Scott Wilkinson  |  Jan 06, 2009  |  First Published: Jan 07, 2009  |  0 comments

Driving to Vegas, I always stop in Baker, California, gateway to Death Valley and home of the world's tallest thermometer—134 feet, representing the highest recorded temperature in the US of 134 degrees in 1913. In this night shot, the thermometer is reflected in the 2009 Lincoln MKS that THX loaned me for the trip to check out the THX-certified sound system therein. Unlike past systems, this one can play multichannel DVD-Audio and even DVD video on the in-dash screen (as long as the car parked). Just like past systems, however, this one is quite boomy in the bass, and the only EQ controls are bass and treble. I got it sounding pretty good, especially on Donald Fagen's <I>Nightfly</I> DVD-A, though road noise—even in a car as quiet as this—can wreak havoc on something with a wide dynamic range like Stravinsky's <I>Firebird</I>.

uavKim Wilson  |  Jan 10, 2009  |  0 comments

Massive flat panel displays are usually the center piece of most major manufacturer's and there were some very impressive one's this year. However, Sharp's Aquos display was incredible, with their 108" LCD anchored at the bottom.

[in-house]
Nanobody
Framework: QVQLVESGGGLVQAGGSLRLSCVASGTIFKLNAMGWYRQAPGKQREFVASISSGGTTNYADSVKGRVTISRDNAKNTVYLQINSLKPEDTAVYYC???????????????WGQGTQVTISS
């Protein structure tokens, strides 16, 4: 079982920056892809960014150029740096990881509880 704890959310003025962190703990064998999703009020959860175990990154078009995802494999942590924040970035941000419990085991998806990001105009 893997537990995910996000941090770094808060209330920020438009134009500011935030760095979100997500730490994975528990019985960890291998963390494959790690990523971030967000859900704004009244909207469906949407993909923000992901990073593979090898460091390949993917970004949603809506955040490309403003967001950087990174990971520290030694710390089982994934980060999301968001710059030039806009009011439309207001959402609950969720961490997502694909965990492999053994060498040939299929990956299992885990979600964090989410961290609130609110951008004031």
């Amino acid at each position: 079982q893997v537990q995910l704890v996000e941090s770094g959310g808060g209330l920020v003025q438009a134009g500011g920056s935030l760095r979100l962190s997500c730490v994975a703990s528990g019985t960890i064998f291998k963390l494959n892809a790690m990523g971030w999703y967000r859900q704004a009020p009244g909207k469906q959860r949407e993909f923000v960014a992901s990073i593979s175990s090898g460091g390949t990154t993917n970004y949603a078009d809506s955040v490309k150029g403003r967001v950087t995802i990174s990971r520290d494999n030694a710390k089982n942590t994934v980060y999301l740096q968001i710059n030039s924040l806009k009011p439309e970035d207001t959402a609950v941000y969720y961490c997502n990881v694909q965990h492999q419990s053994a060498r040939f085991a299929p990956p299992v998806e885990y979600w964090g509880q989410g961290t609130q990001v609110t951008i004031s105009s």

uavKim Wilson  |  Jan 09, 2009  |  0 comments

For years it was all about Home Theater, however, its clear the home entertainment experience is going way beyond that. D-Box uses transducers and motion sensing algorithms to bring a new dimension to watching movies and playing video games. The chairs are not only comfortable for playing your favorite driving games, they pull you into the action as you feel every curve and bump in the road. The chairs range from $3K to $15K. They also make home theater chairs with motion sensing. Also, get ready for the D-Box experience in your local theater, with the upcoming release of the Fast and Furious.